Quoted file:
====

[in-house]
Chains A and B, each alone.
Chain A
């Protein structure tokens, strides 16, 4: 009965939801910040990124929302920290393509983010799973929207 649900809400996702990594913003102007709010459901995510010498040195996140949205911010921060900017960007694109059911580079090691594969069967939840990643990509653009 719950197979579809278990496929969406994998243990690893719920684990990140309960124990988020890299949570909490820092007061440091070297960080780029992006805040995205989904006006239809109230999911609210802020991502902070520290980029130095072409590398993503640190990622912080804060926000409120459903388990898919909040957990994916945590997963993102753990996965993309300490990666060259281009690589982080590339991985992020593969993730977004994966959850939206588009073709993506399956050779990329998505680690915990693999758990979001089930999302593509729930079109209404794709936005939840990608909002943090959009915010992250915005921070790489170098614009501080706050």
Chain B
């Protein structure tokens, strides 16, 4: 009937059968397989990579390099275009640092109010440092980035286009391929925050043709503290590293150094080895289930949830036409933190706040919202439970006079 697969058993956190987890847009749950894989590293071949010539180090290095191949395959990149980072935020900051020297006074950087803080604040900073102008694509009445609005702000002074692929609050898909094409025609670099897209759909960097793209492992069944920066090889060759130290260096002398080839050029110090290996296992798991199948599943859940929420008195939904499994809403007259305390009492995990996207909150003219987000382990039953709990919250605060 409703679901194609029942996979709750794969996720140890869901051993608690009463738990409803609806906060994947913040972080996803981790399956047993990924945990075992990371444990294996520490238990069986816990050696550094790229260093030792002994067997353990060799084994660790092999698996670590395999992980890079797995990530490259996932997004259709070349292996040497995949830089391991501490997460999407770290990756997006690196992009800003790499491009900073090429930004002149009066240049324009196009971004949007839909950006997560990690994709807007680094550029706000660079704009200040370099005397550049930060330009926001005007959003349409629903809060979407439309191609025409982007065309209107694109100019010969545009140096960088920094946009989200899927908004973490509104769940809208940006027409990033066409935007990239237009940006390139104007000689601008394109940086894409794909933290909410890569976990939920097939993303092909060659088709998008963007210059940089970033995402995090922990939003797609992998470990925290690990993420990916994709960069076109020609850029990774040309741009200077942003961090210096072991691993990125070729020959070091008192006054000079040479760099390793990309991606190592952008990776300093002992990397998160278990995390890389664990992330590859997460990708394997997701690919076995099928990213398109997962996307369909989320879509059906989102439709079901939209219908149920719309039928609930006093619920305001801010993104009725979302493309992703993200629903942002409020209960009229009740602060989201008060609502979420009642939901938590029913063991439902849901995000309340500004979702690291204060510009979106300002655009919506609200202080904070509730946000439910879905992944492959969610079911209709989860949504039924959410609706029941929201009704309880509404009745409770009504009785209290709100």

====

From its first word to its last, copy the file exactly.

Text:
[in-house]
Chains A and B, each alone.
Chain A
């Protein structure tokens, strides 16, 4: 009965939801910040990124929302920290393509983010799973929207 649900809400996702990594913003102007709010459901995510010498040195996140949205911010921060900017960007694109059911580079090691594969069967939840990643990509653009 719950197979579809278990496929969406994998243990690893719920684990990140309960124990988020890299949570909490820092007061440091070297960080780029992006805040995205989904006006239809109230999911609210802020991502902070520290980029130095072409590398993503640190990622912080804060926000409120459903388990898919909040957990994916945590997963993102753990996965993309300490990666060259281009690589982080590339991985992020593969993730977004994966959850939206588009073709993506399956050779990329998505680690915990693999758990979001089930999302593509729930079109209404794709936005939840990608909002943090959009915010992250915005921070790489170098614009501080706050």
Chain B
């Protein structure tokens, strides 16, 4: 009937059968397989990579390099275009640092109010440092980035286009391929925050043709503290590293150094080895289930949830036409933190706040919202439970006079 697969058993956190987890847009749950894989590293071949010539180090290095191949395959990149980072935020900051020297006074950087803080604040900073102008694509009445609005702000002074692929609050898909094409025609670099897209759909960097793209492992069944920066090889060759130290260096002398080839050029110090290996296992798991199948599943859940929420008195939904499994809403007259305390009492995990996207909150003219987000382990039953709990919250605060 409703679901194609029942996979709750794969996720140890869901051993608690009463738990409803609806906060994947913040972080996803981790399956047993990924945990075992990371444990294996520490238990069986816990050696550094790229260093030792002994067997353990060799084994660790092999698996670590395999992980890079797995990530490259996932997004259709070349292996040497995949830089391991501490997460999407770290990756997006690196992009800003790499491009900073090429930004002149009066240049324009196009971004949007839909950006997560990690994709807007680094550029706000660079704009200040370099005397550049930060330009926001005007959003349409629903809060979407439309191609025409982007065309209107694109100019010969545009140096960088920094946009989200899927908004973490509104769940809208940006027409990033066409935007990239237009940006390139104007000689601008394109940086894409794909933290909410890569976990939920097939993303092909060659088709998008963007210059940089970033995402995090922990939003797609992998470990925290690990993420990916994709960069076109020609850029990774040309741009200077942003961090210096072991691993990125070729020959070091008192006054000079040479760099390793990309991606190592952008990776300093002992990397998160278990995390890389664990992330590859997460990708394997997701690919076995099928990213398109997962996307369909989320879509059906989102439709079901939209219908149920719309039928609930006093619920305001801010993104009725979302493309992703993200629903942002409020209960009229009740602060989201008060609502979420009642939901938590029913063991439902849901995000309340500004979702690291204060510009979106300002655009919506609200202080904070509730946000439910879905992944492959969610079911209709989860949504039924959410609706029941929201009704309880509404009745409770009504009785209290709100």